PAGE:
Foreign governments watching Hong Kong freedoms, but not acting – yet

A slew of incidents concerning Hong Kong’s freedom of speech in the past few months has left many at home and abroad wonder if the autonomous city is becoming “just another Chinese city” – or JACC, in the parlance of Harbour Times sister publication, High Tide.

Australia might already think so, according to a Bloomberg report. The assumption was made after the country blocked Hong Kong-based CK Group’s $9.4 billion bid for its biggest natural gas infrastructure business, the APA Group, on November 6.

The Australian government cited “national interest” for the reason behind this move.

Like its ally, the U.S. is expressing the same sentiment.

On November 14, the U.S. Congress released a report to call for re-assessing Hong Kong’s status as an independent economic entity, due to “challenges to freedom of speech and assembly in Hong Kong”.

The U.S. is Hong Kong’s second largest trading partner in the world.

In merely two weeks, the international community is voicing concerns over the city’s autonomy, which could deal a blow to Hong Kong’s trade and businesses.

What happened in Hong Kong

In October, Financial Times editor Mr Victor Mallet was denied renewal of his work visa, which generated reams of international press. The move came after he presided over a talk by a pro-independence group, the Hong Kong National Party, in August at the Foreign Correspondents’ Club in his capacity as Vice President.

Mr Mallet, who is a British citizen, was later granted an unusually short stay for one week as a tourist on his next entry (versus a normal 3 months). On November 9, he was completely denied entry to Hong Kong after being detained and questioned for hours.

The British government describes Mr Mallet’s case as ‘politically motivated’.

Not just foreign interference

On November 7, Chinese-born author Mr Ma Jian, whose novel satirizes the slogan “China Dream”, was barred from speaking at the main venue, Tai Kwun, by the venue’s management.

Tai Kwun uncited its unwillingness to “become a platform to promote the political interests of any individual”, which sparked criticism. Tai Kwun director Timothy Calnin eventually backtracked and let Mr Ma give his talk after the novelist said he did not intend to do anything political.

Only a week before these two incidents, an exhibition by dissident Chinese-born artist Badiucao was forced to be cancelled. The artist produces drawings critical of Chinese political figures.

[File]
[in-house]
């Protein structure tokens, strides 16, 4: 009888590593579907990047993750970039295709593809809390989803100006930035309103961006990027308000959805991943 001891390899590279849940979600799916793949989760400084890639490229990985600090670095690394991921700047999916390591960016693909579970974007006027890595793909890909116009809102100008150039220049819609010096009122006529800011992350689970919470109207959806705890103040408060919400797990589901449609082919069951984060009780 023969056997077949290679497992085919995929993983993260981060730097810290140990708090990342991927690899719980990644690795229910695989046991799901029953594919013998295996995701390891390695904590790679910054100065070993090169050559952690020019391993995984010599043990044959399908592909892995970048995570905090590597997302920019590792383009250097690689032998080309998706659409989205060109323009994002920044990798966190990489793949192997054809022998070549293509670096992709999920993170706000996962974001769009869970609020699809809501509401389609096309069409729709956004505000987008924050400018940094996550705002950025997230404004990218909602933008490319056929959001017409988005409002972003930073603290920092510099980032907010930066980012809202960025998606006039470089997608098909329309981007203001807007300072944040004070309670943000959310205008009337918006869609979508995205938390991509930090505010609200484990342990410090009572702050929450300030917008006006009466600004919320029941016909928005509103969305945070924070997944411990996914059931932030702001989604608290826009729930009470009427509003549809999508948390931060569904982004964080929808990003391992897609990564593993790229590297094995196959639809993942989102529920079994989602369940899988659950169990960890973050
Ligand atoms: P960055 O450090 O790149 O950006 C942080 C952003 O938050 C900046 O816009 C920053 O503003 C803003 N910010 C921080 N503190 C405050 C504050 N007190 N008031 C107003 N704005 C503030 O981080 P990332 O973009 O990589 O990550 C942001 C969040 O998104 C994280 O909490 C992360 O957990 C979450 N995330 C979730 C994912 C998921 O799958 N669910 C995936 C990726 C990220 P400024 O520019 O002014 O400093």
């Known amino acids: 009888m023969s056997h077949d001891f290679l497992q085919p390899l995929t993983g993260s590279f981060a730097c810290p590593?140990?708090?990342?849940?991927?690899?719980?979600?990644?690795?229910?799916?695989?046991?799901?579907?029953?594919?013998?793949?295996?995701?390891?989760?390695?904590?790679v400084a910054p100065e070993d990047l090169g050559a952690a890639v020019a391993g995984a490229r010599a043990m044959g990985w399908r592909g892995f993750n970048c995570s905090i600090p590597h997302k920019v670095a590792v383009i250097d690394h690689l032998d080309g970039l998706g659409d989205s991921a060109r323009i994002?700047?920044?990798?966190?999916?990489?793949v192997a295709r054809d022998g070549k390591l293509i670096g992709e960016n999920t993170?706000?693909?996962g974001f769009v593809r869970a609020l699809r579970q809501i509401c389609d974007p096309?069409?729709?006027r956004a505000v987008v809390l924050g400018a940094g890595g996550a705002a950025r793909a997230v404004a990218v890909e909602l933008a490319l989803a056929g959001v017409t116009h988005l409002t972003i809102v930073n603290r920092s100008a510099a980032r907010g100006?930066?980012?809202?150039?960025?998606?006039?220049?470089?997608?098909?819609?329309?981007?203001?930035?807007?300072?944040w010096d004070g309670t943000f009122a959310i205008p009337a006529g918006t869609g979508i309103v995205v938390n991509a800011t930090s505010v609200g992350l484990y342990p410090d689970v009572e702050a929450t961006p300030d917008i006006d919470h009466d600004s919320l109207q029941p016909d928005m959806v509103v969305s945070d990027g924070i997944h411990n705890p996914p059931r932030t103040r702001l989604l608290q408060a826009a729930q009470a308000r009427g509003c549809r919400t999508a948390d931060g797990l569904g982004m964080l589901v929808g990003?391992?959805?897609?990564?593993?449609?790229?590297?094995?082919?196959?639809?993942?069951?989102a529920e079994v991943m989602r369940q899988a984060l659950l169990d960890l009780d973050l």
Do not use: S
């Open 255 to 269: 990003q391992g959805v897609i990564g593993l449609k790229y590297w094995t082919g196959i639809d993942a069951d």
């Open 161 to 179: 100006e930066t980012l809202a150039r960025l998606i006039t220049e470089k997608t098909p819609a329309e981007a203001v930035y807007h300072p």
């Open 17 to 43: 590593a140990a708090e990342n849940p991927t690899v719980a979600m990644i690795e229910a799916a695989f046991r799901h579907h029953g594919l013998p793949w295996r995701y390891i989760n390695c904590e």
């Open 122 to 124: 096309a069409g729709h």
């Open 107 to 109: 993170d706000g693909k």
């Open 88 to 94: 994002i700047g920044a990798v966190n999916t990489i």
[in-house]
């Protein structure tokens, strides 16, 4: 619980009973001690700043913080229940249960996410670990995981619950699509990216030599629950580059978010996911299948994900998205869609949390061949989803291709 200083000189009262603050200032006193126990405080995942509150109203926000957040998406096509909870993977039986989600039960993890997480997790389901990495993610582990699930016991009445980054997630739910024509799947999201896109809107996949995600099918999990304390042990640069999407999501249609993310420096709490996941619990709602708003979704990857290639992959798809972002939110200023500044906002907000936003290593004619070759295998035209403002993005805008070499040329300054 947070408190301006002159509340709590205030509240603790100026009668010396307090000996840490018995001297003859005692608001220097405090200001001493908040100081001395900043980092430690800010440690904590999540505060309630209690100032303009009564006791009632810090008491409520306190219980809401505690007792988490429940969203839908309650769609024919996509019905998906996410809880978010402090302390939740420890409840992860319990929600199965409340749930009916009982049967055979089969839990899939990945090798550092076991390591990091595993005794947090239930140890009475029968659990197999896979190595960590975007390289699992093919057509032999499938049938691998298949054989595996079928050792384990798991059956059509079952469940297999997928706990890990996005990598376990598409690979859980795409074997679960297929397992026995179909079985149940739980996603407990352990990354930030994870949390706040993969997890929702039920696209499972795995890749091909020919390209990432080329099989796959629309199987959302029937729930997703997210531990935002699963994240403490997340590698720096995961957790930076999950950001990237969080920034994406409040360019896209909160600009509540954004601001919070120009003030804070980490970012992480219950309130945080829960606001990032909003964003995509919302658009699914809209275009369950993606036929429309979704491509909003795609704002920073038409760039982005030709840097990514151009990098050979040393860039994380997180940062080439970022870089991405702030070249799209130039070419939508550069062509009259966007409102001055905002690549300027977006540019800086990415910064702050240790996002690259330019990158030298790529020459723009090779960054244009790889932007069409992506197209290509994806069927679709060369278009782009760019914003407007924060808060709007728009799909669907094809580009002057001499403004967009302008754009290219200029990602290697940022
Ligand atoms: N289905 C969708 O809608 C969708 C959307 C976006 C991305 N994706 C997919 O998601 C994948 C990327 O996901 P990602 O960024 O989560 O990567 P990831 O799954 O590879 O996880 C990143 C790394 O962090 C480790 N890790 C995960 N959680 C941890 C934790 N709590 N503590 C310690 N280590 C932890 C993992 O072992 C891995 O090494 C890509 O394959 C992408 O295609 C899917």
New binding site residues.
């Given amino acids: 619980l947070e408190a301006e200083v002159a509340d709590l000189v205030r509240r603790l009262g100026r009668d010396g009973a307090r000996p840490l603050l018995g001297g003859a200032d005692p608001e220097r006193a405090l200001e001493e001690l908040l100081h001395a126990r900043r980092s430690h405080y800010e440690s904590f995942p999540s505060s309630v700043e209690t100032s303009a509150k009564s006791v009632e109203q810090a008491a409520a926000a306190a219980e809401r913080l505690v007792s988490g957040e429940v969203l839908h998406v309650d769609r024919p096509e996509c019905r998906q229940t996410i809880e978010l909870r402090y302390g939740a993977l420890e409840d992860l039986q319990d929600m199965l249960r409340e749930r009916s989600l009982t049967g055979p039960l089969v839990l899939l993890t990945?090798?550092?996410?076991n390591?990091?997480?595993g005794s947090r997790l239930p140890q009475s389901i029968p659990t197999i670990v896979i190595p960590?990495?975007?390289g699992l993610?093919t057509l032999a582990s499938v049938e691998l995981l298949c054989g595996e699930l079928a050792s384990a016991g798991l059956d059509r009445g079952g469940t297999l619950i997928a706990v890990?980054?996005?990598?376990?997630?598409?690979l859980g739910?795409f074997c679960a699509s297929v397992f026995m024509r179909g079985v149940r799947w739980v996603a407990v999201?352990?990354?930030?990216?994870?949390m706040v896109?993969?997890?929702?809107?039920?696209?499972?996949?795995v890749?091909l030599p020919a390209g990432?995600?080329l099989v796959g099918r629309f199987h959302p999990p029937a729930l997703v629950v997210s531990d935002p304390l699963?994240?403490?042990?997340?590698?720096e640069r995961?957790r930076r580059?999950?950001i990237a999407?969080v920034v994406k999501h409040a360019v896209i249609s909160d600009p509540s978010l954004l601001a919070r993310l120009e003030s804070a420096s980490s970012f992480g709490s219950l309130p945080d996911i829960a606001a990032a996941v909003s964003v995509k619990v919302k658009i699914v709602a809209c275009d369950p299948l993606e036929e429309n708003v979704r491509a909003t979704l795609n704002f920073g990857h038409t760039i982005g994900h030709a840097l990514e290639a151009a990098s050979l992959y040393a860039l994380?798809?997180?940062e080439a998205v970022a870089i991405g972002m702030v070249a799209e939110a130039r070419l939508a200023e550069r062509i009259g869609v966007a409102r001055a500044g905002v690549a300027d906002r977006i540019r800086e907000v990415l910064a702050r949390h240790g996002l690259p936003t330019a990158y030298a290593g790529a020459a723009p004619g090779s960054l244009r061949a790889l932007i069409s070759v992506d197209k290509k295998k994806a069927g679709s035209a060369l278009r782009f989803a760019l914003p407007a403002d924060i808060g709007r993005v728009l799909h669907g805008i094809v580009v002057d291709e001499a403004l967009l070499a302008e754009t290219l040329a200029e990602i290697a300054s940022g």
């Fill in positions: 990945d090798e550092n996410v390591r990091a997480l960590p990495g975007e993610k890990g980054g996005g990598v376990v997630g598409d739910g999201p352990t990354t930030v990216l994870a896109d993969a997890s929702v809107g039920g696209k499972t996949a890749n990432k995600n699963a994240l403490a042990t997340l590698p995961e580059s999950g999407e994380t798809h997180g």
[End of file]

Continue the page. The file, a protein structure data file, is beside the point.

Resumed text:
The organizer said on November 2 that the cancellation was out of “safety concerns”.

Local scholars: No, not Chinese yet

While these incidents sent out worrying signs, scholars in Hong Kong refute that the city has become “just another Chinese city” or JACCed.

Bruce Lui, senior lecturer at Journalism Department of HKBU, tells Harbour Times that Hong Kong still has a certain degree of freedom of speech.

“Marches, demonstrations and criticism against the government are still allowed here. It is when the ‘red line’ is crossed – issues involving territorial integrity and the leaders’ images, such freedom is gone,” he says, but notes that recent incidents show that the city’s free speech is at risk.

And these incidents might not be relevant or powerful enough to shake things up.

The CK Group’s failure to bid in Australia may not have to do with concerns over Hong Kong’s free speech, Mr Wilson Chan, a social science lecturer at CUHK, tells Harbour Times.

“It is more on Sino-Australian levels as it concerns national interests,” he says.

“There were security concerns when Hong Kong tycoon Li Ka-shing’s company Hutchison Whampoa invested in the Panama Canal. And Hong Kong could not buy light weapons (specifically H&K machine guns) from Germany… The CK Group’s bid failure is not a special case,” Mr Chan says. In the German case, no official statement was made. However, an unnamed manager cited an unwillingness to sell to countries that are not “unequivocally democratic, definitely not corrupt and in NATO or close to NATO.”

Since Germany considers Hong Kong as part of China, the linkage could be part of the concerns for Germany exporting arms to the city, he notes.

All watching,  no acting

Mr Chan adds that while the Western countries have been keeping an eye on Hong Kong’s freedom of speech and have expressed their concerns, none of these has translated into any actual policies.

“The status quo is still there. I don’t see a lot of foreign companies withdrawing from Hong Kong yet,” he argues, dismissing any significant impact of the recent incidents on Hong Kong’s economy.